Matthew Rice, Advocacy Officer, Privacy International said:

"This report, a companion piece to the first report, Shadow State: Surveillance, Law and Order, details the scale of support the Colombian state received from companies around the world to build the diverse surveillance capabilities the different agencies possessed.

Peering behind the veil of surveillance in Colombia, a broad international network of companies are revealed to be behind some of the most significant expansions in surveillance capabilities in the country over the past ten years.

Demonstrating a technology's interception capability in a public arena, seemingly without shopper's awareness of the demonstration or given consent, is a striking indictment of the callousness of both the agencies involved and the companies that demonstrated to them.

The two reports should work together to illustrate the cycle that countries go through in purchasing these technologies. A demand is noted, a supply chain identified and from that deals are made. These deals have a direct effect on the rights of citizens and their relationship with the state and its security services. Probing questions need to be asked about this cycle and how it can be placed within a human rights framework that guarantees that in the future it cannot be this easy for an agency to act outside the law."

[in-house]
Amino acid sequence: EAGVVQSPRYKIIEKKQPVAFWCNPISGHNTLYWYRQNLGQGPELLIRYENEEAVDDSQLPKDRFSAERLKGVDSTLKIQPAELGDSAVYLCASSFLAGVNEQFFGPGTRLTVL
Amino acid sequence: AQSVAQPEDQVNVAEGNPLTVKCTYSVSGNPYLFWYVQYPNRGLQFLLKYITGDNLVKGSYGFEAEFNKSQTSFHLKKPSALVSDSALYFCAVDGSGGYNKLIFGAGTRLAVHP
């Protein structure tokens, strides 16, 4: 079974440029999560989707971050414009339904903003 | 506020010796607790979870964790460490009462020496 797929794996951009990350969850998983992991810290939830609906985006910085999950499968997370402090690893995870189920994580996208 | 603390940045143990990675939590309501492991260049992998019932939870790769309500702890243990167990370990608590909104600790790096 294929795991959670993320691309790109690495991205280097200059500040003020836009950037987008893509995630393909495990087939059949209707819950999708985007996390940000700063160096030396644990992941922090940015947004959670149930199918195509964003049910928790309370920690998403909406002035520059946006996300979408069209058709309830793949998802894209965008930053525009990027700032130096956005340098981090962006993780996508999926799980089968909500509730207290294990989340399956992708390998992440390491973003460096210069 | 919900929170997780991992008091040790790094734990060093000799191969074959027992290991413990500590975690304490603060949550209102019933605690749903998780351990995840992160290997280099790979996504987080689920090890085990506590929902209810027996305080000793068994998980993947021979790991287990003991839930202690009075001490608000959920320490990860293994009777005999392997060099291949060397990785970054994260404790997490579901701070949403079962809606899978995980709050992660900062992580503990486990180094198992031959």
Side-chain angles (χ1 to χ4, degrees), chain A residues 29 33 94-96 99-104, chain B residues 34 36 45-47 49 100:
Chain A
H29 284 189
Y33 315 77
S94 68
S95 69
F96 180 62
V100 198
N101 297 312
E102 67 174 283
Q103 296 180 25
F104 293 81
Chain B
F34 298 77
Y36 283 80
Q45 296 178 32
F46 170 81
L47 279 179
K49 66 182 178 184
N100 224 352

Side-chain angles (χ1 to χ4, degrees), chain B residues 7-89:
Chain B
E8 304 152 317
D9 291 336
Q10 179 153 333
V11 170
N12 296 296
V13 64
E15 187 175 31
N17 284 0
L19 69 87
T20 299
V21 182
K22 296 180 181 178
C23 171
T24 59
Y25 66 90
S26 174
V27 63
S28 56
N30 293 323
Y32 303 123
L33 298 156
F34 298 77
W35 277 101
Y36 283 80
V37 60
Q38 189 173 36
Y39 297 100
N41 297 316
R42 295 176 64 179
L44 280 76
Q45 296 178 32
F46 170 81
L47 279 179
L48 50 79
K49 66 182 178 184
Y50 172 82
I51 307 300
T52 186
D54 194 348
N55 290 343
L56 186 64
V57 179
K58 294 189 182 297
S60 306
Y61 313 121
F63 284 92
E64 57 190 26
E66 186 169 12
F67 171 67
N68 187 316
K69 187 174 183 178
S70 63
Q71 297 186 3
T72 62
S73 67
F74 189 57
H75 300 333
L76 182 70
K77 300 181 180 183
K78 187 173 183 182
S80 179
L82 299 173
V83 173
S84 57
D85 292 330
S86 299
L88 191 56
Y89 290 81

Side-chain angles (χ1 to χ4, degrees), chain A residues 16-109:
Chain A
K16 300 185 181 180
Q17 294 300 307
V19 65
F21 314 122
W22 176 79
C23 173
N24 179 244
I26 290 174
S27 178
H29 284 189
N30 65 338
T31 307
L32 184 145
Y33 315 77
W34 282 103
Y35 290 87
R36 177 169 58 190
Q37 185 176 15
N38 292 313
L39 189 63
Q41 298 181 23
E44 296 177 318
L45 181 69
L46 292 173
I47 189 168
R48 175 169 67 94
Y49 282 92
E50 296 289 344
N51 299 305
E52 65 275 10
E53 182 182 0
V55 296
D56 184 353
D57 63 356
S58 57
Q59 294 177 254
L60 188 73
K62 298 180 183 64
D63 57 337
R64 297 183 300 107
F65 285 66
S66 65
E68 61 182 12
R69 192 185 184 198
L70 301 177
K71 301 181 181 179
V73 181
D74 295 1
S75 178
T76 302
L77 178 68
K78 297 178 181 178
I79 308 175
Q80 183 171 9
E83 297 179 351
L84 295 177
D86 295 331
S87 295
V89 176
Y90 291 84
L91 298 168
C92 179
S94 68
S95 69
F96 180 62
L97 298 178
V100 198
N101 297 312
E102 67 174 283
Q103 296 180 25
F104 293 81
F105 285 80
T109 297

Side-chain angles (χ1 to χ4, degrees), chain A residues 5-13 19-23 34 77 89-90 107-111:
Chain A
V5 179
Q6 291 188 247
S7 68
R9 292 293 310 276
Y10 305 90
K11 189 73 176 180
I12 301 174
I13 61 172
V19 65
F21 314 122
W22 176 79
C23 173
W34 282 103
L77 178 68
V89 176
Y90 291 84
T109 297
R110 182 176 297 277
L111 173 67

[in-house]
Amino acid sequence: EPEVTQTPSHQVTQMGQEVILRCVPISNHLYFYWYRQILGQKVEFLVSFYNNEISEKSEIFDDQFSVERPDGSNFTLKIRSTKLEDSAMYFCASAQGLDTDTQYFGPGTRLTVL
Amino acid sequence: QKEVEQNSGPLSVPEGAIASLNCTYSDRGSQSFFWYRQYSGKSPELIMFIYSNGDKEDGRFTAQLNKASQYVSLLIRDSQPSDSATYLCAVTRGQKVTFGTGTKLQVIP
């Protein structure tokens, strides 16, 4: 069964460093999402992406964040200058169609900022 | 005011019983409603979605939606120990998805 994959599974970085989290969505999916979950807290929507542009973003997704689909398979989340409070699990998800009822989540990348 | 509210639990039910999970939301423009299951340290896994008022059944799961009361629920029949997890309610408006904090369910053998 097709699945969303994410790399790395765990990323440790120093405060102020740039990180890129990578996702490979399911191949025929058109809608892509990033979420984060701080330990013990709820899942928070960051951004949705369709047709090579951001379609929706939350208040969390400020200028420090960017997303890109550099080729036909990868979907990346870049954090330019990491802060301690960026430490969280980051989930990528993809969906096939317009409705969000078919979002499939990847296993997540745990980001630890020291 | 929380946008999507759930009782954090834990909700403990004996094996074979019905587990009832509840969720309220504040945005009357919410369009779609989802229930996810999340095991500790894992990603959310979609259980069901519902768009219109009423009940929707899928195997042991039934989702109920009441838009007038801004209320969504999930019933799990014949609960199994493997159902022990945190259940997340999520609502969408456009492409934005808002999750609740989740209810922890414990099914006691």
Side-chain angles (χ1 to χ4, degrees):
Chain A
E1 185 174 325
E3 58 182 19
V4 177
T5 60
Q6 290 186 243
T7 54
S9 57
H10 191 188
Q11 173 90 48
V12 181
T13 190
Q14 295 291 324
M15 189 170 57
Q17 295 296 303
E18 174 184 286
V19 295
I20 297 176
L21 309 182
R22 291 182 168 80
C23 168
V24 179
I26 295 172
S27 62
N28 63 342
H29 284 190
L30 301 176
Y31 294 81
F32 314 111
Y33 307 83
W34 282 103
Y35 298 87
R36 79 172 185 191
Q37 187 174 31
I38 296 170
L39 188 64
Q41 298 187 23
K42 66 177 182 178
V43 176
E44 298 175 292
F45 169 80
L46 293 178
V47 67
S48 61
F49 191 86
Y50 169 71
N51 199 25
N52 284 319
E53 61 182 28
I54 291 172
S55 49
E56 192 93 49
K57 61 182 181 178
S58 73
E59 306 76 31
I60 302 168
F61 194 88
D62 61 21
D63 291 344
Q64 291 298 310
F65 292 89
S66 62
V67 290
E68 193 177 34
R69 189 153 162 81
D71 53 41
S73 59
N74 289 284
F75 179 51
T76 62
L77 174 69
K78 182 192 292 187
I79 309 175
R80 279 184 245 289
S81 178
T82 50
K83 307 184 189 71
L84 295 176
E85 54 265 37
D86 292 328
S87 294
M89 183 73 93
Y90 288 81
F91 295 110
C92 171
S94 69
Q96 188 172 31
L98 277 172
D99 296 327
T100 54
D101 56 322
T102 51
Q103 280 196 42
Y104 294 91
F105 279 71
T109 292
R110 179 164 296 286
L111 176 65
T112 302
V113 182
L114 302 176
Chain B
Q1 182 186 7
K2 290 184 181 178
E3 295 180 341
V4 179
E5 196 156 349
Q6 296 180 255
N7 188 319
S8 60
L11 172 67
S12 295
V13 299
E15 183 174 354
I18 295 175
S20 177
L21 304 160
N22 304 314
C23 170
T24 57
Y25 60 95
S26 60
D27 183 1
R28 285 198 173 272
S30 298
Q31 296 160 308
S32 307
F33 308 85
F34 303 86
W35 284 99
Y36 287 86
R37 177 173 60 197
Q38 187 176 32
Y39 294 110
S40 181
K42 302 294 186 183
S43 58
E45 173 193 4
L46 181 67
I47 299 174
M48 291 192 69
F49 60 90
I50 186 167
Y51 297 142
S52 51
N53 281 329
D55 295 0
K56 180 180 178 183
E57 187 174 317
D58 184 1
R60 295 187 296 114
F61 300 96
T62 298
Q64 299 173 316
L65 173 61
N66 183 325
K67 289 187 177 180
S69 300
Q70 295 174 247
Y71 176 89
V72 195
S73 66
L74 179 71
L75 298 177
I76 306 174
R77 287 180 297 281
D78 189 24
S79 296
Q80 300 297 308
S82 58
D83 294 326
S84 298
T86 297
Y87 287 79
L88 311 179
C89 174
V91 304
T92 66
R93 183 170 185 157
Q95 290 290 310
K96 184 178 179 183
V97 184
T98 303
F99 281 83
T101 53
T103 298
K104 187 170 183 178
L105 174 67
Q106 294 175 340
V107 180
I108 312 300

Shadow State: Surveillance, Law and Order in Colombia here

Private Interests: Monitoring Central Asia here

For further information, interviews and/or copies of the Privacy International report “Demand/Supply: Exposing the Surveillance Industry in Colombia”, please contact:

Matthew Rice, Privacy International Advocacy Officer

Tel: +44 7725091568

Email: matthew@privacyinternational.org; press@privacyinternational.org